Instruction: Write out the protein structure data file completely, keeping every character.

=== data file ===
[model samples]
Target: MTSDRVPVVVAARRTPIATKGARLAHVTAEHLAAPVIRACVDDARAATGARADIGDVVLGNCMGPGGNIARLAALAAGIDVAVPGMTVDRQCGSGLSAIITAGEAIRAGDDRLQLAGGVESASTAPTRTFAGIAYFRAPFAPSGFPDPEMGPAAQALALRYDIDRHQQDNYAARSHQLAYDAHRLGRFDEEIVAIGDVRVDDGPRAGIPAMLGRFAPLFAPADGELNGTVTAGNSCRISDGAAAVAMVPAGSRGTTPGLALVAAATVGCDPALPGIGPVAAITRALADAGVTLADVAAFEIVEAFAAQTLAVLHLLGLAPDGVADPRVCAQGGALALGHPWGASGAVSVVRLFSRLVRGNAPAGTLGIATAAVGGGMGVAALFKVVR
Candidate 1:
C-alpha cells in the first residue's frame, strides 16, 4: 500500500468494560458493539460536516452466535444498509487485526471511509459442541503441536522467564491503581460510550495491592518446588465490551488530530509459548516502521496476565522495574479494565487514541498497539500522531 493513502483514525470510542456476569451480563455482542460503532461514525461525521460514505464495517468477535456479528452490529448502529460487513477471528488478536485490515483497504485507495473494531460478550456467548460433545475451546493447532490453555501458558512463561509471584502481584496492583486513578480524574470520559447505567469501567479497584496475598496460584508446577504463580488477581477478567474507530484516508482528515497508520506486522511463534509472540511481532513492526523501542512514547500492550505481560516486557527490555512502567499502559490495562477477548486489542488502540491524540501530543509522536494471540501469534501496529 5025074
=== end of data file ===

[model samples]
Target: MTSDRVPVVVAARRTPIATKGARLAHVTAEHLAAPVIRACVDDARAATGARADIGDVVLGNCMGPGGNIARLAALAAGIDVAVPGMTVDRQCGSGLSAIITAGEAIRAGDDRLQLAGGVESASTAPTRTFAGIAYFRAPFAPSGFPDPEMGPAAQALALRYDIDRHQQDNYAARSHQLAYDAHRLGRFDEEIVAIGDVRVDDGPRAGIPAMLGRFAPLFAPADGELNGTVTAGNSCRISDGAAAVAMVPAGSRGTTPGLALVAAATVGCDPALPGIGPVAAITRALADAGVTLADVAAFEIVEAFAAQTLAVLHLLGLAPDGVADPRVCAQGGALALGHPWGASGAVSVVRLFSRLVRGNAPAGTLGIATAAVGGGMGVAALFKVVR
Candidate 1:
C-alpha cells in the first residue's frame, strides 16, 4: 500500500468494560458493539460536516452466535444498509487485526471511509459442541503441536522467564491503581460510550495491592518446588465490551488530530509459548516502521496476565522495574479494565487514541498497539500522531 493513502483514525470510542456476569451480563455482542460503532461514525461525521460514505464495517468477535456479528452490529448502529460487513477471528488478536485490515483497504485507495473494531460478550456467548460433545475451546493447532490453555501458558512463561509471584502481584496492583486513578480524574470520559447505567469501567479497584496475598496460584508446577504463580488477581477478567474507530484516508482528515497508520506486522511463534509472540511481532513492526523501542512514547500492550505481560516486557527490555512502567499502559490495562477477548486489542488502540491524540501530543509522536494471540501469534501496529 5025074